Then, I slipped the steel nipple over the stem and down on to the top stem nut.  I marked two “teeth” on the pipe, that I needed to cut, that would align with two slots in the stem nut.

Using a hacksaw, I cut where I needed to; removing metal to create my “wrench”.

The inside diameter of the steel nipple was too small to allow the “teeth” to slip into the slots of the stem nut, so I had to bevel the teeth back a bit to let that happen.

Using a pipe wrench……

…..I spun the top stem nut off of the stem.

With the top steering stem, (locking), nut and washer removed, (JUST the top, locking nut is removed.  I left the bottom nut in place.), with my homemade wrench, I knew that I could proceed with the job with a successful outcome.

EDIT:  Since I originally did this job, I have modified the above wrench to have three “teeth”.

Next, I reached up under the cowling and wrapped my forktubes with masking tape to mark their clamped height in the triple tree.  (The reason I did this is explained farther below.)

I loosened the axle pinch bolt.

Then, I loosened the front axle.

I removed the left and right allen screws, that hold the fender in place.

Next, I removed the left and right brake calipers.

I hung the brake calipers off of “hooks” from my crashbars. (I made the hooks out of sections of steel, coat hangers.).

Then, I removed the brake line junction/fender bolt. (On the right side, behind the forktube.).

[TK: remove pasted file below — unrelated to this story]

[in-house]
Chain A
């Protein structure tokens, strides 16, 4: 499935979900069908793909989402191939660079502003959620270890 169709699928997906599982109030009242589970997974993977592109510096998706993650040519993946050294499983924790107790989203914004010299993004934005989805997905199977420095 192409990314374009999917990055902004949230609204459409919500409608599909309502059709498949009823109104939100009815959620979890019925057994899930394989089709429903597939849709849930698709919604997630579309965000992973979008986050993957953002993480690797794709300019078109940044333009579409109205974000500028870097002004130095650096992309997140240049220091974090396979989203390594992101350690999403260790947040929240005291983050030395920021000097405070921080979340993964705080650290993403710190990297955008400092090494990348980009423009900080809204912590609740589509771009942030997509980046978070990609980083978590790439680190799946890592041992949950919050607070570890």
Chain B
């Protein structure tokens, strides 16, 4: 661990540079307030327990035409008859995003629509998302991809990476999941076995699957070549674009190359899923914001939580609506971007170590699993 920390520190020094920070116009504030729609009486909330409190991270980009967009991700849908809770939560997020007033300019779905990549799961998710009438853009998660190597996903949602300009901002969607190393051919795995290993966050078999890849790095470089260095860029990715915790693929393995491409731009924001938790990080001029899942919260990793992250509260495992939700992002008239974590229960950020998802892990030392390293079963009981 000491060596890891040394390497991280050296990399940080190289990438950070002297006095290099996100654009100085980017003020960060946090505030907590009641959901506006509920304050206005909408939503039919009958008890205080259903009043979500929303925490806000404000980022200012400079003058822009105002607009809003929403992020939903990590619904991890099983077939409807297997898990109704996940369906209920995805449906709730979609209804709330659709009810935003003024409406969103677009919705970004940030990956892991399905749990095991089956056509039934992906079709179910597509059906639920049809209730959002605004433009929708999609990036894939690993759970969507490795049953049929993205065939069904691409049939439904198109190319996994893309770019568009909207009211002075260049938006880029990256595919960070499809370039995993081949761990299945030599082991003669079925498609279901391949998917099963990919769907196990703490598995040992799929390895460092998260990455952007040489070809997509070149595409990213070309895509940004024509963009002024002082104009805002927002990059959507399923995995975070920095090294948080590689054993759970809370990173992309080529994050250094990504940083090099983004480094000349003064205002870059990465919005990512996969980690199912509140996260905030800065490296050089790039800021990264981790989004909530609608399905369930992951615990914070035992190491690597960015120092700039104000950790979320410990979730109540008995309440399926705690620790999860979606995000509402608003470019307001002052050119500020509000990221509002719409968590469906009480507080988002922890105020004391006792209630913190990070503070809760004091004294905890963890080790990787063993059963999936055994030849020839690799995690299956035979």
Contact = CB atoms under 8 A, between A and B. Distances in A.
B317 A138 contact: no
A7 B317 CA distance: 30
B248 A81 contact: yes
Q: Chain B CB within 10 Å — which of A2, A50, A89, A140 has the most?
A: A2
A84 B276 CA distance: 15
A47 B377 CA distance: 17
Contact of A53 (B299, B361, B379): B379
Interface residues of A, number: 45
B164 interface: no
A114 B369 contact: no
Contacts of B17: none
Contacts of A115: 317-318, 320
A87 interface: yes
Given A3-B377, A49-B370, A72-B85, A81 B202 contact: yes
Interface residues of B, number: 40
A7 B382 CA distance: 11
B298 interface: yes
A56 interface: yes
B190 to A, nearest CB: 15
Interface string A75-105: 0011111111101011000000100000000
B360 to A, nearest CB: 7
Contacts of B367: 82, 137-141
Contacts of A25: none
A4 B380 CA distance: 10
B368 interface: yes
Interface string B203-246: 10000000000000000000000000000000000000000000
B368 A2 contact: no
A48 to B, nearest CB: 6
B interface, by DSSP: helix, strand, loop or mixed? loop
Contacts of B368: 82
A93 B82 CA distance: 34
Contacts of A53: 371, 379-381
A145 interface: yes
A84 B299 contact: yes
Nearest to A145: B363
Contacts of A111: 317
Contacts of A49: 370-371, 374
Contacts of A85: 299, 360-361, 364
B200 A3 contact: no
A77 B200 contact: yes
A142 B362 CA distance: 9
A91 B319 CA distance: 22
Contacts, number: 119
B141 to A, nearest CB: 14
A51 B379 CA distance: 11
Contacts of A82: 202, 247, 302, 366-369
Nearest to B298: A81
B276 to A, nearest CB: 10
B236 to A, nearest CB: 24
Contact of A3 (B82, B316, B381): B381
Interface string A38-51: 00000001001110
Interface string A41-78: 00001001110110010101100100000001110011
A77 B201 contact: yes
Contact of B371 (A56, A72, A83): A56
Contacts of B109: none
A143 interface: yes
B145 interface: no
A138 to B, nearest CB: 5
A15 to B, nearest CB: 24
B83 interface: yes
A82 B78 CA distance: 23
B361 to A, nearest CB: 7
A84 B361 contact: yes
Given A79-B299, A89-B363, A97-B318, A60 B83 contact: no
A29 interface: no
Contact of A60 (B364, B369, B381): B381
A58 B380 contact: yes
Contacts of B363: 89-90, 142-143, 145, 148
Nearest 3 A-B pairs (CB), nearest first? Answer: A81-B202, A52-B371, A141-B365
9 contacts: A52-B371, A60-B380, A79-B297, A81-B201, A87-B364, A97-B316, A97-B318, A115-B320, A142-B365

The “specialized” nut fell out from inside the fender when I did this.  It can only go back in one direction, so I didn’t worry.  I also removed the brake line clamp bolt from the left side of the bike.

I removed the speedometer cable clamps behind the left forktube.

Then, I removed my “Superbrace®” forkbrace from the forktubes.

Next, I reached up inside the cowling and loosened the top bolts, of the bottom forkclamp.

Then, I raised the front wheel off of the ground.  I used a floor jack, and a block of wood underneath my SW-Motech® skidplate.

I removed the front axle bolt.  The front wheel dropped right out.

Now, I loosened the remaining two bottom forkclamp bolts.  I did this one at a time, because I knew that the forktubes were going to slide right out and hit the floor if I wasn’t careful. The front fender, also dropped clear as well.

Then, I removed the brake hose clamp that is fastened to the front of the lower forkclamp.

It was time to start disassembling the stem head area.  I could remove the bottom stem nut by hand it had gotten so loose!

I pulled off the bearing dust cover from the stem.

I supported the steering stem, underneath, with one hand, and I “wiggled/pushed” downward on the steering stem, from the top, with my other hand.  The steering stem dropped free of the bike.